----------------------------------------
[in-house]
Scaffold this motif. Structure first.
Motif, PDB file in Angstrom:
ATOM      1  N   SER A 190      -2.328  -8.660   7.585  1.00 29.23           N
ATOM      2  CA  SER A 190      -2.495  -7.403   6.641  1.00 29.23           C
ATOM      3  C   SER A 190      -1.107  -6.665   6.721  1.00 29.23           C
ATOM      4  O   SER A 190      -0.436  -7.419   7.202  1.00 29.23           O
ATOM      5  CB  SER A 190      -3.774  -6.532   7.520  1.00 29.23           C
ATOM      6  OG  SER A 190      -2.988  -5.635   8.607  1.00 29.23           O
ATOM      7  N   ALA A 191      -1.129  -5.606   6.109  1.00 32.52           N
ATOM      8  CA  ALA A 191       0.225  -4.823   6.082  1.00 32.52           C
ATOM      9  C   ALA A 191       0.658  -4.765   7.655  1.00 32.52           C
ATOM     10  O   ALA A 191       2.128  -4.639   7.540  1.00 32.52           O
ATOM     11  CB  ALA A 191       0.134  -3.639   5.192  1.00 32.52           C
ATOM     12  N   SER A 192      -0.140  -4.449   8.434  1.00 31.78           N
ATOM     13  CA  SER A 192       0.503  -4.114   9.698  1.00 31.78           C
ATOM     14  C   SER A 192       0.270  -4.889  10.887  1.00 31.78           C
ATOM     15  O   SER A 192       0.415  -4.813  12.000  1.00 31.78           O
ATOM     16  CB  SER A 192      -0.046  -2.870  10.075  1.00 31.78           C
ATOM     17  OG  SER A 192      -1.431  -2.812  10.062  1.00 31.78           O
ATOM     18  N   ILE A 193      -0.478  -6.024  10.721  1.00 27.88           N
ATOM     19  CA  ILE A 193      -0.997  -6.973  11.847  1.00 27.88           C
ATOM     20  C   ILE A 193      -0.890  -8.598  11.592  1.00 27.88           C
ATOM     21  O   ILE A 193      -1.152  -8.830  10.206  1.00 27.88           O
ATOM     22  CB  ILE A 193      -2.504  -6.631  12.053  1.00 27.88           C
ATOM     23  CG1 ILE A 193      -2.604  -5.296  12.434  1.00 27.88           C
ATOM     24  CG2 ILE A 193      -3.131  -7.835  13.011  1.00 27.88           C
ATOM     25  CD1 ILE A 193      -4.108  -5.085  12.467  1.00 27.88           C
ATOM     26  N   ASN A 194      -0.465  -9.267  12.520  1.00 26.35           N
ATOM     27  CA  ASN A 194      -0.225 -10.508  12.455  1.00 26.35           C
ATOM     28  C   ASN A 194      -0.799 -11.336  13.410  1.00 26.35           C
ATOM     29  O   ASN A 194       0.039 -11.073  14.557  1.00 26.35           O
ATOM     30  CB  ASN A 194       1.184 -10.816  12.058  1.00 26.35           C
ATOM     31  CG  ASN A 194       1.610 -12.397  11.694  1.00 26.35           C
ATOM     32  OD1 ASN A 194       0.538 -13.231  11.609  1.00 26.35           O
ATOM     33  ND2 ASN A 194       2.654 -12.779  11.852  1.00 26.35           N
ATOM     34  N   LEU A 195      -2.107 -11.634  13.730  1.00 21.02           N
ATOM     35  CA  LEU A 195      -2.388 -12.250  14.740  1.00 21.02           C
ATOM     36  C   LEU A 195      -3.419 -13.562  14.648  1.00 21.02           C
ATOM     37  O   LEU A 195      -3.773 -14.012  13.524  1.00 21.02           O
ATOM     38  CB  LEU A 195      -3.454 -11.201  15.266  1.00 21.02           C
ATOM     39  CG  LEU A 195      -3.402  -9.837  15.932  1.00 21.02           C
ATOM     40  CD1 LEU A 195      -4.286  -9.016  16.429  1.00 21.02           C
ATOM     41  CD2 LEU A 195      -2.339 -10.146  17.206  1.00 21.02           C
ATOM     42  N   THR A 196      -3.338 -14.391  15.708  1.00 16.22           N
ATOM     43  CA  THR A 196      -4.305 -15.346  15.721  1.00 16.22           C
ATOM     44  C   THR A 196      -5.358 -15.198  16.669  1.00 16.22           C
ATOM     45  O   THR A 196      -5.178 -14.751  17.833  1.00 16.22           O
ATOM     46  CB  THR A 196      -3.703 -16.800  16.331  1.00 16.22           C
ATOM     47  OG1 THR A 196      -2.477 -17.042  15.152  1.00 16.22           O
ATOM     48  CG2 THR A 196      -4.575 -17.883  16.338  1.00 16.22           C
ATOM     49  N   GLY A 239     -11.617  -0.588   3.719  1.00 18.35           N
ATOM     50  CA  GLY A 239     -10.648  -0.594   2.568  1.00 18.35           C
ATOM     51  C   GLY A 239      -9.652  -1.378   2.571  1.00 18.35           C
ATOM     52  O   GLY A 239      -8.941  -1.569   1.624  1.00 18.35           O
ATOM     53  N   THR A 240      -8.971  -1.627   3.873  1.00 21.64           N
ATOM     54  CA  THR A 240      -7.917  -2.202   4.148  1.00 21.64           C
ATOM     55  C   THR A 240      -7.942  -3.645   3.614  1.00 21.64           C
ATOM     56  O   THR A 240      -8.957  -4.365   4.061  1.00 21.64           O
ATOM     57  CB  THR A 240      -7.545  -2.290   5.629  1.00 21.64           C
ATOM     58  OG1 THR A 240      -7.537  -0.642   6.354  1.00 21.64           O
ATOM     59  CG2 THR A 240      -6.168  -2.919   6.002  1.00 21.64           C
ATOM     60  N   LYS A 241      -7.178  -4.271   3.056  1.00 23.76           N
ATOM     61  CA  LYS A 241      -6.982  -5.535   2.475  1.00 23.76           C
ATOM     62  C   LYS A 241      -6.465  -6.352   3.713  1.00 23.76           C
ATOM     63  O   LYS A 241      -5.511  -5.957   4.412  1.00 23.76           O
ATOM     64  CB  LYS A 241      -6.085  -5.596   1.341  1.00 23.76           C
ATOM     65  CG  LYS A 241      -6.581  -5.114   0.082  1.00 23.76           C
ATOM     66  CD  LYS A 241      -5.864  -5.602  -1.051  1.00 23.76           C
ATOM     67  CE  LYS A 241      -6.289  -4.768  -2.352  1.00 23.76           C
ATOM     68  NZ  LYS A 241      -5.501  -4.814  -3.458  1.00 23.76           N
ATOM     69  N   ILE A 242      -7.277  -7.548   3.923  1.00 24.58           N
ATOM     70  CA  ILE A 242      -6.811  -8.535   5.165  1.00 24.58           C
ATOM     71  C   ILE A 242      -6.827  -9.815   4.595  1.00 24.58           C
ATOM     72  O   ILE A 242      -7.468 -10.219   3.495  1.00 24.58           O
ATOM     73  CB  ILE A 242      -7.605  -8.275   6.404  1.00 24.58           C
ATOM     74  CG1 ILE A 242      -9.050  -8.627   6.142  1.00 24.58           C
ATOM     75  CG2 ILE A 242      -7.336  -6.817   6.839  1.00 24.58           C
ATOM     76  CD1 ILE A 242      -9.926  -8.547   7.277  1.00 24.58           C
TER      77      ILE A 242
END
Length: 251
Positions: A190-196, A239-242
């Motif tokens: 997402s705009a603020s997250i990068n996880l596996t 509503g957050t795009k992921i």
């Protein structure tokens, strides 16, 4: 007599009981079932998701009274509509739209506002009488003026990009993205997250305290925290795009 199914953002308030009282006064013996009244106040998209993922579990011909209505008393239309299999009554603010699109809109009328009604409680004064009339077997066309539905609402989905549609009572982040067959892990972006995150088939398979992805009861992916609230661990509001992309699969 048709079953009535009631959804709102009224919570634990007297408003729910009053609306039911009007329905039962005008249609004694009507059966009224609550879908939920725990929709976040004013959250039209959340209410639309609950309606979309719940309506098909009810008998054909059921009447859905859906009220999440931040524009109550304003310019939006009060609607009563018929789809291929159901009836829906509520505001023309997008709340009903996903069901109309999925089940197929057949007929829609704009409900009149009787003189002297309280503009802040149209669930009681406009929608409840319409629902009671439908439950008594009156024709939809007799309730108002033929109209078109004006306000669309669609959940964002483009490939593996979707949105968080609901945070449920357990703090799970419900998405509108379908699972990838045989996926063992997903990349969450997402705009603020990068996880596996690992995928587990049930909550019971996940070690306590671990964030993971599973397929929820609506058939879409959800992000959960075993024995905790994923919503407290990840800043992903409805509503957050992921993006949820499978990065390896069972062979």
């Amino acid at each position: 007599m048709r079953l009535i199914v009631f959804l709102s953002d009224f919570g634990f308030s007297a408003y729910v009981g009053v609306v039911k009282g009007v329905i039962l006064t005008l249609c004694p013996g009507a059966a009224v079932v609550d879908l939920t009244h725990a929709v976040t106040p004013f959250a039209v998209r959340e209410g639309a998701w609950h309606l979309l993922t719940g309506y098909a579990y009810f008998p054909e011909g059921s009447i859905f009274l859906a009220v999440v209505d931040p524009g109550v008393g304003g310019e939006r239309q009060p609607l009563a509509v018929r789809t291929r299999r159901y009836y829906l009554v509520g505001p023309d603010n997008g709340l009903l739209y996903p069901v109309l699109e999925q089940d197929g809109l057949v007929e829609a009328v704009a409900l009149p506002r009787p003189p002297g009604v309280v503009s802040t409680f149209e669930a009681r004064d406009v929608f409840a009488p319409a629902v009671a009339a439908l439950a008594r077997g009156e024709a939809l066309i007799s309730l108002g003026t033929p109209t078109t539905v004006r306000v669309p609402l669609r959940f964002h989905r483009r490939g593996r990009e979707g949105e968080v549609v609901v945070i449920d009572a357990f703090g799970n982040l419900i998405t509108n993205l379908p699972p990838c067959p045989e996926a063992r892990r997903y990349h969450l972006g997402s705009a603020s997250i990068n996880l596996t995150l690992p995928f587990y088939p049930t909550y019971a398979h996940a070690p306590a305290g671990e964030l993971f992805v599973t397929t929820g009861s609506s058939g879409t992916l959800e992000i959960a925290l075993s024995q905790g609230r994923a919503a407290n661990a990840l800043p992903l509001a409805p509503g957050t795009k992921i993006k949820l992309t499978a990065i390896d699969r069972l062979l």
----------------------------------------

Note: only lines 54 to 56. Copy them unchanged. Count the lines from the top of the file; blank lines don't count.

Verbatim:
ATOM     51  C   GLY A 239      -9.652  -1.378   2.571  1.00 18.35           C
ATOM     52  O   GLY A 239      -8.941  -1.569   1.624  1.00 18.35           O
ATOM     53  N   THR A 240      -8.971  -1.627   3.873  1.00 21.64           N